Take the 2-minute tour ×
Unix & Linux Stack Exchange is a question and answer site for users of Linux, FreeBSD and other Un*x-like operating systems.. It's 100% free, no registration required.

I have a script that goes like this:

while :
do
   Start_Time=$(date +"%s")

      MAIN PROGRAM GOES HERE (CROPPED TO SHORTEN THINGS)

   Run_Time=$(( $(date +"%s") - $Start_Time ))

   if [[ $Run_Time < $Wait_Time ]]
   then
      Delay_Time=$(( $Wait_Time - $Run_Time ))
      sleep $Delay_Time
   else
      echo "Delay exceeded" 
      echo $Run_Time
      echo $Wait_Time
   fi
done

And my problem is that sometimes even if the run time is smaller than the wait time it fails the < test

Here is an output from the last run:

Delay exceeded
Run_Time 4
Wait_Time 30
share|improve this question
    
can you paste original script –  klerk Jun 23 at 19:16
    
Unfortunately i am not allowed to do that :( But I did triple check that each variables were NOT used anywhere else –  TCZ8 Jun 23 at 19:19
    
Oh forgot about that one, its set at the top of the script. But the issue was the < operator just like godlygeek described :/ –  TCZ8 Jun 23 at 20:33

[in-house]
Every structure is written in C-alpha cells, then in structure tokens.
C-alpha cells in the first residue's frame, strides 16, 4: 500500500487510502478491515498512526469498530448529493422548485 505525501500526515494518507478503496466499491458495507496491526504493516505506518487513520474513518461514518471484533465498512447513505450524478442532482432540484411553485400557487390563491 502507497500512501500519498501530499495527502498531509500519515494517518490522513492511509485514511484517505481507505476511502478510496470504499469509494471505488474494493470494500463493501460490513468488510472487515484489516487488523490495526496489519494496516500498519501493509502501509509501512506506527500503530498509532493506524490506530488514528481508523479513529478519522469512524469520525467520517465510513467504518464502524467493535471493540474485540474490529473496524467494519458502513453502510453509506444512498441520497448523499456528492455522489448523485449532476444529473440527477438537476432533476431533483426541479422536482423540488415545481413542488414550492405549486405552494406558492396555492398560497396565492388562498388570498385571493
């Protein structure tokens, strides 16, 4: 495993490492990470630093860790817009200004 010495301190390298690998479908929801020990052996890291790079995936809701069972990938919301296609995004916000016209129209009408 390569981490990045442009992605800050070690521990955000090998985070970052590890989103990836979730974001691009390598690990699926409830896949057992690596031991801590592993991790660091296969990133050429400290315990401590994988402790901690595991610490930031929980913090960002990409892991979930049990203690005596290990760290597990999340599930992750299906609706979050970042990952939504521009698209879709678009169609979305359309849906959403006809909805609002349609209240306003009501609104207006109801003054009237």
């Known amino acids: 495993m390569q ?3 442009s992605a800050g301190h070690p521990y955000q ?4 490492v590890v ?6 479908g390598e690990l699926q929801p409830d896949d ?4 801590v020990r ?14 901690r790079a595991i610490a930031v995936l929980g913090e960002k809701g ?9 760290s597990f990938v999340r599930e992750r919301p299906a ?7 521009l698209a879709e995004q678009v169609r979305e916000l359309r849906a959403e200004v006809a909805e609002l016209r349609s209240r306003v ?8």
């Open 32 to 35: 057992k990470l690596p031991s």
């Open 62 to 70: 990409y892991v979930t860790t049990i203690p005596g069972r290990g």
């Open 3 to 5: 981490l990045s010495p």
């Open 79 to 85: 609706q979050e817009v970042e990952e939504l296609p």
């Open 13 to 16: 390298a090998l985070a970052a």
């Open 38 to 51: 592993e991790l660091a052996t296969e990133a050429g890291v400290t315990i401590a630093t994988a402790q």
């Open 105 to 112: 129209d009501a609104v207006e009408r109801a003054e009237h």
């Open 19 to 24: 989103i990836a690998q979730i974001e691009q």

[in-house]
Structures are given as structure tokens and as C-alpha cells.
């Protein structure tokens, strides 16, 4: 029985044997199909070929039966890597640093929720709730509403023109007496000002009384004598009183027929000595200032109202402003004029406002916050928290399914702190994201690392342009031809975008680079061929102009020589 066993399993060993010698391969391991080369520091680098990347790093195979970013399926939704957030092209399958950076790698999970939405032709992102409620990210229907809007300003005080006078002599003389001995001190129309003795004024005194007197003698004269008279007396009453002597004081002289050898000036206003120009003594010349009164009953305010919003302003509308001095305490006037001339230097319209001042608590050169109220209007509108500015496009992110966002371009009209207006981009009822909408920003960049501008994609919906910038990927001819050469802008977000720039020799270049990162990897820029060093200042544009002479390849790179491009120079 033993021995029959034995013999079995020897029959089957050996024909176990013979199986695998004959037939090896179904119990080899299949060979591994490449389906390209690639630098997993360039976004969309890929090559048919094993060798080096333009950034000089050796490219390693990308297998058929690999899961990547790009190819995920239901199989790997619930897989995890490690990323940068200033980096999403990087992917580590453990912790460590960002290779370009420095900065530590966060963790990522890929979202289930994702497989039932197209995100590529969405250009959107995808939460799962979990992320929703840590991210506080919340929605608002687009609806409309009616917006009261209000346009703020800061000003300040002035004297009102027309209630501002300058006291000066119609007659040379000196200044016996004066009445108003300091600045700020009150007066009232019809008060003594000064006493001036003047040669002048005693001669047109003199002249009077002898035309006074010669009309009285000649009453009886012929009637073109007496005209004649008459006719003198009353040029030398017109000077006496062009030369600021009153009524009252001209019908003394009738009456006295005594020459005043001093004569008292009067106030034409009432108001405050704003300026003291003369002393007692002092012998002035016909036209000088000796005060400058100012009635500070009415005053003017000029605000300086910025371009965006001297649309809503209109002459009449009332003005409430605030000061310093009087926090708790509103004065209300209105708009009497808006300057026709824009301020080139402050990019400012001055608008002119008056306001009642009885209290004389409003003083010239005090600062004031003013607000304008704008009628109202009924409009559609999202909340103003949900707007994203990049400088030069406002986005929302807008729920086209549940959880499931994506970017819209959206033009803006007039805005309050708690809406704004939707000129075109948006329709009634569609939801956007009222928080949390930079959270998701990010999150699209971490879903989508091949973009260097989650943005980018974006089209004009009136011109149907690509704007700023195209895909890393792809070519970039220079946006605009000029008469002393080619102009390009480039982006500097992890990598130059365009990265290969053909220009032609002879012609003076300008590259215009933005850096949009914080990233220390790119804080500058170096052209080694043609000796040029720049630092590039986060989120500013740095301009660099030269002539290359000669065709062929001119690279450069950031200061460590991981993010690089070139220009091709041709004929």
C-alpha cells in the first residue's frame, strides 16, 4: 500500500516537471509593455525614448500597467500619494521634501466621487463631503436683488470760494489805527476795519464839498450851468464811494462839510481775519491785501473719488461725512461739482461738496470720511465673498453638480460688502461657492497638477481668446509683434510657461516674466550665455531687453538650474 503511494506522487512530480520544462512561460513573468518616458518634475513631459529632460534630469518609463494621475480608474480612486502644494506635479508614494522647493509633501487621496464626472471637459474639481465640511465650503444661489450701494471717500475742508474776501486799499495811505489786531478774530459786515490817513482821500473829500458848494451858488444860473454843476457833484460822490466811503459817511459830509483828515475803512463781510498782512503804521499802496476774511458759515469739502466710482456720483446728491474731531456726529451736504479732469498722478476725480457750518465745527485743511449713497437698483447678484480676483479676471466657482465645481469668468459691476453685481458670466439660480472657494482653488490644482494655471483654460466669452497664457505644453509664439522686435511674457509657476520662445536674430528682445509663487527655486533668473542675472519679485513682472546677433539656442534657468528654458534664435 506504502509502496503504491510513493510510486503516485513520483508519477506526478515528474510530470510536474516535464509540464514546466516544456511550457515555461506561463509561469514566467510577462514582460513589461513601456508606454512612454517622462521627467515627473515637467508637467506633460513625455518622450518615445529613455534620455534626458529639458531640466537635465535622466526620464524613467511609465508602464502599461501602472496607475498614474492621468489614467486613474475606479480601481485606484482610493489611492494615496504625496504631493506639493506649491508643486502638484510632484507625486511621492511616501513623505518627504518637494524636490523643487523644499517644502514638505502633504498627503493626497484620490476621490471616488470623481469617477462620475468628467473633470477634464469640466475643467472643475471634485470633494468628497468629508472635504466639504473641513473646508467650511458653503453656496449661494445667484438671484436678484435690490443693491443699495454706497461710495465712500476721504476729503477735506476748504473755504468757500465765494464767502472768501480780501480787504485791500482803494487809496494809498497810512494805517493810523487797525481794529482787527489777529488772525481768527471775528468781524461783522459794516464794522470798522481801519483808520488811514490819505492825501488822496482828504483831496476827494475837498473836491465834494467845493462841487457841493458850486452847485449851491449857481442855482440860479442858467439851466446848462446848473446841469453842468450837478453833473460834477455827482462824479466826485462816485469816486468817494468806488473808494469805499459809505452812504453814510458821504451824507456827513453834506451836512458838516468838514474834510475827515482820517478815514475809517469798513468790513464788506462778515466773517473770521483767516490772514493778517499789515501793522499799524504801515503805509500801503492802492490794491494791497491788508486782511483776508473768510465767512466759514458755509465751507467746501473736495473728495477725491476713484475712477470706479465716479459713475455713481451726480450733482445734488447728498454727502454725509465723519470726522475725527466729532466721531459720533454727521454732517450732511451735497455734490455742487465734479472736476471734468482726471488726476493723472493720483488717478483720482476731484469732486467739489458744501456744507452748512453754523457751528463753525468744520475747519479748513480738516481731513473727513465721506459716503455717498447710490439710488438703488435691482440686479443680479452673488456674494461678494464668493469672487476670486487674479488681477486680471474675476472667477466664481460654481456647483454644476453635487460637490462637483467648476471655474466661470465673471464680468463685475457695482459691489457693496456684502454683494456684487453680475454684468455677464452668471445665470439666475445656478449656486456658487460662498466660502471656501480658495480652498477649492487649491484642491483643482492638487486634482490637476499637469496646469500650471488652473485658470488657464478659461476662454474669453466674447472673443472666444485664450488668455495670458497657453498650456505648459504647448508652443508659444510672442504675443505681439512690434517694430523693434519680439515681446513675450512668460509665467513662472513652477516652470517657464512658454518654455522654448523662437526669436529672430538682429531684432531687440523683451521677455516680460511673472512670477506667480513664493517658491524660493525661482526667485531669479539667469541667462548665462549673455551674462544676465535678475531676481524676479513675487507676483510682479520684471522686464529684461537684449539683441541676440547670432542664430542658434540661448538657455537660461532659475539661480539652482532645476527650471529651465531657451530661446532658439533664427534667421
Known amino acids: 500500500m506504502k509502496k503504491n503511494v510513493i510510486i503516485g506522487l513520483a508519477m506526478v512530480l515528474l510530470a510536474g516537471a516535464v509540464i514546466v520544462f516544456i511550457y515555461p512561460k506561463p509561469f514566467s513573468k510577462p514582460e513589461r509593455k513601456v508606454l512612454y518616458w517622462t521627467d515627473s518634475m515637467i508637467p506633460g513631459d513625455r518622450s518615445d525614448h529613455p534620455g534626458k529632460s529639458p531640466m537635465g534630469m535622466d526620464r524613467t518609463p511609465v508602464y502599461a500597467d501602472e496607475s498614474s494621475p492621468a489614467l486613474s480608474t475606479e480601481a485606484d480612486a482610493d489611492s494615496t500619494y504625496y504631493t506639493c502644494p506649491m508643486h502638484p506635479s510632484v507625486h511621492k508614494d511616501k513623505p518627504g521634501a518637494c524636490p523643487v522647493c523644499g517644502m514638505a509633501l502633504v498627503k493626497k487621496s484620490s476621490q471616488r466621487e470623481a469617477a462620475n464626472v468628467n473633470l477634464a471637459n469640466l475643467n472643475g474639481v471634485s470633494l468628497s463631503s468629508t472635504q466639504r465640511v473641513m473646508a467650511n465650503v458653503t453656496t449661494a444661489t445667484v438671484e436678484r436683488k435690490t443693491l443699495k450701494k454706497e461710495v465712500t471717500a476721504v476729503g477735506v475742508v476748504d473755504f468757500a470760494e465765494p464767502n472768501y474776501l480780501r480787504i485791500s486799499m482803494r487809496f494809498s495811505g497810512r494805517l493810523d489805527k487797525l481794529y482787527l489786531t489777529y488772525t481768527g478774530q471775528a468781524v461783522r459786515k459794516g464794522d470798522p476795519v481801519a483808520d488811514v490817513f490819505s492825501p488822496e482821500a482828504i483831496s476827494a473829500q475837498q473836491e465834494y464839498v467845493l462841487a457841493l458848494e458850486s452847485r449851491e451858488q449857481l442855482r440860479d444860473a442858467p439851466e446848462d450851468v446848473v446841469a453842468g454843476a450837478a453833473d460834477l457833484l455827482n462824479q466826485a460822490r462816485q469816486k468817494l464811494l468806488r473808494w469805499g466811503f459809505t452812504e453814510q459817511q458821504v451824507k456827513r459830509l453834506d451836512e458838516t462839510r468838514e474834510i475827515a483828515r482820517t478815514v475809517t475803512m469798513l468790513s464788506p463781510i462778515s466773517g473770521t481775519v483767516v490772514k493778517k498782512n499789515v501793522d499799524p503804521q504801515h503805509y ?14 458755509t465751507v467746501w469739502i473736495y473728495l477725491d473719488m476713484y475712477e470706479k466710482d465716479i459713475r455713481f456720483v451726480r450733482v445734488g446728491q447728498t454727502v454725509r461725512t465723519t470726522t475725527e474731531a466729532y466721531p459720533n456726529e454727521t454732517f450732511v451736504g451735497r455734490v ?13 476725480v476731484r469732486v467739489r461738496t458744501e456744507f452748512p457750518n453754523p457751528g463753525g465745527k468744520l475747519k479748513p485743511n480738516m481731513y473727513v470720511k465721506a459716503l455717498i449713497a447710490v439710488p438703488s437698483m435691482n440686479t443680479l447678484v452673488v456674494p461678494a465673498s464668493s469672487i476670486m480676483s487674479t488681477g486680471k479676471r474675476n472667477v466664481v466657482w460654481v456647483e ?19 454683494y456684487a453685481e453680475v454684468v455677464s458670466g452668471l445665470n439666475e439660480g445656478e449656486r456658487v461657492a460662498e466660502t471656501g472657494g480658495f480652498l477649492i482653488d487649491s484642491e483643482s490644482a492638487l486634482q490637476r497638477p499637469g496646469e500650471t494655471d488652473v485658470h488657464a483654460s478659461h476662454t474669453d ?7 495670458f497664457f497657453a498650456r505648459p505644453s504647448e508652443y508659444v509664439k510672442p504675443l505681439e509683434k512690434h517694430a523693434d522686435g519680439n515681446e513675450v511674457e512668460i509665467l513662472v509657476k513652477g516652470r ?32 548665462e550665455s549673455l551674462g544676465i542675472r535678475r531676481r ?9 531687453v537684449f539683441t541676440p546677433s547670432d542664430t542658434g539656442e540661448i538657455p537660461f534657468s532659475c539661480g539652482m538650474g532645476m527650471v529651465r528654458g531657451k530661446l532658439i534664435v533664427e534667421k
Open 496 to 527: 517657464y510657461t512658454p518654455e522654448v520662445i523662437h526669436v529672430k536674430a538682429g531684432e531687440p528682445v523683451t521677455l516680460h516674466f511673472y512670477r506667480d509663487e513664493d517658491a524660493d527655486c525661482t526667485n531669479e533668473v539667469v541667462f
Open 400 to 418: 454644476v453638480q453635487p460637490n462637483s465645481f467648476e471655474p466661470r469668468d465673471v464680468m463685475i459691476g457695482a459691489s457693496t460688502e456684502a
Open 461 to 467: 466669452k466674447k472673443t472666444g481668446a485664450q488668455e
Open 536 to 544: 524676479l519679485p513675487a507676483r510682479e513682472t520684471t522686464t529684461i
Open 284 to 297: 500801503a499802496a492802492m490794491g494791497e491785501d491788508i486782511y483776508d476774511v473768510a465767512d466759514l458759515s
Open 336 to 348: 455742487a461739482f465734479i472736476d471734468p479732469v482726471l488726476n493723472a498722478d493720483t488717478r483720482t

1 Answer 1

up vote 12 down vote accepted

Try running this code snippet:

if [[ 5 < 20 ]]
then
    echo "5 < 20, as expected"
else
    echo "5 is not less than 20, but why?"
fi

And the output would be 5 is not less than 20, but why?. The answer is that you're using the < conditional expression operator, which is documented as doing:

       string1 < string2
              True if string1 sorts before string2 lexicographically in the current locale.

And your problem is that "20" is lexicographically (or, basically, alphabetically) before "5".

You're looking for:

if (( $Run_Time < $Wait_Time ))

instead - this uses arithmetic evaluation and an arithmetic less-than, which is what you need.

share|improve this answer
5  
+1 You can also use -lt in place of <; the former is specifically for integer comparison so can be used inside []. –  goldilocks Jun 23 at 19:30
    
Ohhh man.... I'm going to have to double check my entire code :( Thanks for your help –  TCZ8 Jun 23 at 19:49
    
@goldilocks your documentation on operators seems really complete, do you have a link? I really need to brush up on those. Thanks. –  TCZ8 Jun 23 at 20:31
1  
    
Thank you very much goldilock. BTW to anyone else that may land here for a similar problem, I also encountered a similar "read the manual or you wont know about it" behavior using -eq as an operator. -eq can lead to unexpected results when you are testing if a variable is equal to 0 ie.: [[ $var -eq 0 ]] it will still test true if $var is unset. You can use = or == instead which behaves properly. There is a LOT to learn about linux... im loving it. –  TCZ8 Jun 26 at 19:20

Your Answer

 
discard

By posting your answer, you agree to the privacy policy and terms of service.

Not the answer you're looking for? Browse other questions tagged or ask your own question.